Ryan Kohler 17:12
Our team at Fast Talk Laboratories is pleased to offer new solutions and services. Now you can get the same guidance and testing available to athletes at national performance centers.

Trevor Connor 17:22
No matter where you live or train our virtual performance center can be your support network to get faster, to get answers, and to get more enjoyment from your sport.

Ryan Kohler 17:32
Schedule a free console, we’ll discuss your background and recommend a path forward.

Trevor Connor 17:36
Book a coaching help session, we will help you push your thinking and find new opportunities. We can troubleshoot challenges and find solutions. Even if you’re working with a coach, we can help support you and your coach by bringing a neutral science-based perspective to your training.

Ryan Kohler 17:51
Schedule inside test you can do from anywhere in the world. We can reveal incredible insights into your personal physiology and strengths as an athlete plus next steps to improve your performance.

Trevor Connor 18:01
improve your nutrition with a consultation tailored to your needs, or create a personal race-day nutrition plan.

Ryan Kohler 18:08
We can even help you with workouts and skills we offer in-person and virtual sessions to guide key workouts or improve technique. Fast Talk Laboratories is here for you, wherever you are. See how we can help at fasttalklabs.com/solutions.

How To Stay Disciplined In The Offseason

Chris Case 18:28
All right, well, let’s move on that was a great question. Great answers. Let’s move on to another one. This one comes from Casey Hickok, he’s in Bend, Oregon. And he writes “when I was first getting into cycling in the late 1990s I remember watching the Tour de France on TV when Lance Armstrong and Jan Ullrich were battling. When it came to Jan, a topic of conversation that always seemed to pop up was about his weight, and how much he would put on in the offseason, and how hard it was for him to lose it the following season. Well, I know how the man must have felt, leaving everything else from that era aside, can you help me avoid the seemingly inevitable weight gain of winter? I slow down, the food and beer seem to get richer and more plentiful, and the weight gain speeds up. Every year it gets harder to shed the weight come spring. Surely you’ve heard this before or even dealt with it yourself. I imagine discipline is key here. But besides that, what can I do to avoid this up and down cycle year after year?” Let me put it this way to you Ryan. He says I imagined discipline is key here, Is discipline the only thing here?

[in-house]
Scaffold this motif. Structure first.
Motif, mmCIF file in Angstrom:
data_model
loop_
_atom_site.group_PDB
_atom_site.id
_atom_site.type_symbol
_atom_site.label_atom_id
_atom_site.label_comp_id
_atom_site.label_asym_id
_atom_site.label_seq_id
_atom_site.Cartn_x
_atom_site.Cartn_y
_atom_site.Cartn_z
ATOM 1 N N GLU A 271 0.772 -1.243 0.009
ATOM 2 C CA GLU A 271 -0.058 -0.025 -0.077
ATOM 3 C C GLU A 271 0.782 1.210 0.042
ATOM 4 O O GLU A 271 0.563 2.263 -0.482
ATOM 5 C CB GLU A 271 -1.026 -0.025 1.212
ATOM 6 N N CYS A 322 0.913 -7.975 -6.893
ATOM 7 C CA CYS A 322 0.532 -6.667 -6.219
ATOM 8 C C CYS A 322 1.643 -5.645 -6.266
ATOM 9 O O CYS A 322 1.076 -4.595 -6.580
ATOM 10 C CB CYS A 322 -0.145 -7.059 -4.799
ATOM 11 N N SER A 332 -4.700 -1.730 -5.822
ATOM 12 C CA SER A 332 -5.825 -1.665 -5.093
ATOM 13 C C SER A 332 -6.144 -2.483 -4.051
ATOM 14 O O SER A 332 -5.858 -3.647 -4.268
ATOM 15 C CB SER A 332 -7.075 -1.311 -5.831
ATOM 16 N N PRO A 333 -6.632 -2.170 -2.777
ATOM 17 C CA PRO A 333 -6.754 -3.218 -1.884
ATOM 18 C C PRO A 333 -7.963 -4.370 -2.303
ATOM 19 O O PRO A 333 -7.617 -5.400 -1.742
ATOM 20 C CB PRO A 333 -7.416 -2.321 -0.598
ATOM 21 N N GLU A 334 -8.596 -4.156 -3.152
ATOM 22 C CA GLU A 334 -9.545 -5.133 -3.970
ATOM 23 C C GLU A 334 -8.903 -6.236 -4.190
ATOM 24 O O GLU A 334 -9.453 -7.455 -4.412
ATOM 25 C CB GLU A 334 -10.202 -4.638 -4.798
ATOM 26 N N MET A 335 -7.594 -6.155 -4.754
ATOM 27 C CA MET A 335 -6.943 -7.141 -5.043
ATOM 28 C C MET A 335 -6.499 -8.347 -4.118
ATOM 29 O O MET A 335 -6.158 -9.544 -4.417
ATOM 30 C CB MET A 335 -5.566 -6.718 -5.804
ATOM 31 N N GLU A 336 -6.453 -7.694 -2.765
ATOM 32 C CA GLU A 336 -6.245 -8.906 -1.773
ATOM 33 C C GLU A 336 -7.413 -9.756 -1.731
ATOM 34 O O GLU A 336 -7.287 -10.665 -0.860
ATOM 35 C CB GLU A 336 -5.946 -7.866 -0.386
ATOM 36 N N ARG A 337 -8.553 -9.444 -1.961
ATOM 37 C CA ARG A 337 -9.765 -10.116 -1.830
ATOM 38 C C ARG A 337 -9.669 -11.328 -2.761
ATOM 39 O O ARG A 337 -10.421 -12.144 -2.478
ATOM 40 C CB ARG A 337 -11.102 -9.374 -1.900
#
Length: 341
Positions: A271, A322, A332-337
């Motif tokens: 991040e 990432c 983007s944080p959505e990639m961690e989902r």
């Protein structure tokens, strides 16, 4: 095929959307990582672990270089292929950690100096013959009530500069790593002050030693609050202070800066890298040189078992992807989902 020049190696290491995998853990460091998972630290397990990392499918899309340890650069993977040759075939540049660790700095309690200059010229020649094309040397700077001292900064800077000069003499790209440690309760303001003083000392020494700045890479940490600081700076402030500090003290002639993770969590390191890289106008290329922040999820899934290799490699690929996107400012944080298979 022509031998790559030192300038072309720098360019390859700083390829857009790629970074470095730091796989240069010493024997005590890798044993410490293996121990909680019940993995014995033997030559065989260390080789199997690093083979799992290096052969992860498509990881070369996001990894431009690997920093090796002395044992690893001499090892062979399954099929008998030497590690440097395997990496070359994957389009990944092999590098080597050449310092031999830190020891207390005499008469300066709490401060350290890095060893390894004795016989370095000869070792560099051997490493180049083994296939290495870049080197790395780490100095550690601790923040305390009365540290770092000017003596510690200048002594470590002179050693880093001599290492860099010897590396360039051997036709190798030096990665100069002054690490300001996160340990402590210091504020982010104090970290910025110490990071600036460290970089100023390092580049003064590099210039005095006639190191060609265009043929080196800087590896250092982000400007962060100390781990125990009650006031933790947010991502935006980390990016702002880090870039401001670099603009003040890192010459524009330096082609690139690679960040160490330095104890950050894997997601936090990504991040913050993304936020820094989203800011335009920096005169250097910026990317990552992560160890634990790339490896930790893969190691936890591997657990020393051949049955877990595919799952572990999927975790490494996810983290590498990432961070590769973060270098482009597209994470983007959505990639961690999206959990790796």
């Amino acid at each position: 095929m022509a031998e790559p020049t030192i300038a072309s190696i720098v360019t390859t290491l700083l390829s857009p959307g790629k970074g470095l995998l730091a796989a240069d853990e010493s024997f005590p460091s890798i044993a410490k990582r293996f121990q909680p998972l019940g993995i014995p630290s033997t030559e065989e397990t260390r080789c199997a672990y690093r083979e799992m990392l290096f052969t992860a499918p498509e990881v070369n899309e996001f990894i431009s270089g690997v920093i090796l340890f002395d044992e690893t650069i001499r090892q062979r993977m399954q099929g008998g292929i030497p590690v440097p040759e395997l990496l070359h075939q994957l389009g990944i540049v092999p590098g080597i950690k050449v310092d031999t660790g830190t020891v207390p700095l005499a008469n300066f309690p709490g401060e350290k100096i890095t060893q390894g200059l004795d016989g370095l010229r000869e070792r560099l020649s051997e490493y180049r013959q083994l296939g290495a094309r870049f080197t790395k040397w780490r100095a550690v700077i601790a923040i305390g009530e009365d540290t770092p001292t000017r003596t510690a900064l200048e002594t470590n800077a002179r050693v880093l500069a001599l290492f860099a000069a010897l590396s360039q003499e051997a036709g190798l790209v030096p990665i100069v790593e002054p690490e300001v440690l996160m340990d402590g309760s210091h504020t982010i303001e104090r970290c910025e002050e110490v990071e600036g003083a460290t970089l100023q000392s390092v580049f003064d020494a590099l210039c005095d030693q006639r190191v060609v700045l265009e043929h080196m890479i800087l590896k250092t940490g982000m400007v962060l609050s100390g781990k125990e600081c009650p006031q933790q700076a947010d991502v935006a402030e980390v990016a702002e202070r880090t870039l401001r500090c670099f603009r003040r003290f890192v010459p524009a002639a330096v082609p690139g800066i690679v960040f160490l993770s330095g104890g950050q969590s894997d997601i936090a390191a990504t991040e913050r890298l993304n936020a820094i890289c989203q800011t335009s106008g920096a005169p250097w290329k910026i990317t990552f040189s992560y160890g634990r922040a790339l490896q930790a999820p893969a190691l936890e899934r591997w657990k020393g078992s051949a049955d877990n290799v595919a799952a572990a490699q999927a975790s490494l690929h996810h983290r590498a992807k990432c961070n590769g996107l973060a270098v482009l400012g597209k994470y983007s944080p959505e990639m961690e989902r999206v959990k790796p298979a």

Ryan Kohler 19:46
No, there’s a new method that I just talked about that’ll work. It’s called discipline.

Chris Case 19:51
Oh, ah, disciplinary.

Ryan Kohler 19:54
Yes. You slow down so you’re doing less training, less volume and food and beer go up. So we’re throwing that equation off. It’s clear as daylight here. So, I mean, if you don’t have the discipline, maybe try to keep some of that volume up. You could try to offset that. I mean, there’s ways you can go about this. It’s the fact that you recognize it and he knows what happens. At least he can make some adjustments there. But yeah, there’s no easy way around it. It’s discipline either do it or go through this process every year?

Chris Case 20:36
Well, let me ask you this for either of you or for both of you. Is there good reason, are there benefits to actually putting on some weight In the offseason? You’ve been running lean all year, maybe you’re getting depleted? Maybe an addition of some weight not a lot, but some is actually a good thing in the offseason?- quote, unquote, offseason winter season for most people, -when if they are outside, maybe that extra weight is actually beneficial helps with immune response, it helps with some of these underlying things that keep you healthier. Do I have that wrong?

Trevor Connor 21:20
My answer is that depends, it depends on where you’re starting from.

Chris Case 21:24
Sure.

Trevor Connor 21:24
So, if we’re talking about somebody who’s cyclist skinny.

Chris Case 21:28
Mm hmm.

Trevor Connor 21:29
Which let’s face the facts that can start to verge into the not quite healthy like being too skinny. For a lot of us, our racing weight is pretty darn low body fat percentage is pretty low. And it’s actually a stressor on the body to maintain that weight.

Chris Case 21:47
We’re talking sub 10% body weight or eight percent. Sorry.

Trevor Connor 21:54
Yeah, that also depends on what scale you’re using. But yeah, if you’re getting down to using, what most people see, using the Siri formula if you’re down in that 6-8% range, you’re pretty darn low. And yeah, put on a few pounds in the winter. It’s good to destress you a little bit, which is good. It’s not unhealthy, you’re probably actually getting back to a little healthier weight. And there’s also some benefits, like I always try to put on three or four pounds in the winter, because I spent a lot of time riding out in the cold and it helps keep me a little bit warmer. If you already have a pretty decent spare tire, no, there’s no benefit to putting on any sort of extra weight.

Chris Case 22:40
Okay, so, Trevor, back to the question here from Casey, anything other than discipline that gets people through the winter without putting on 20 pounds?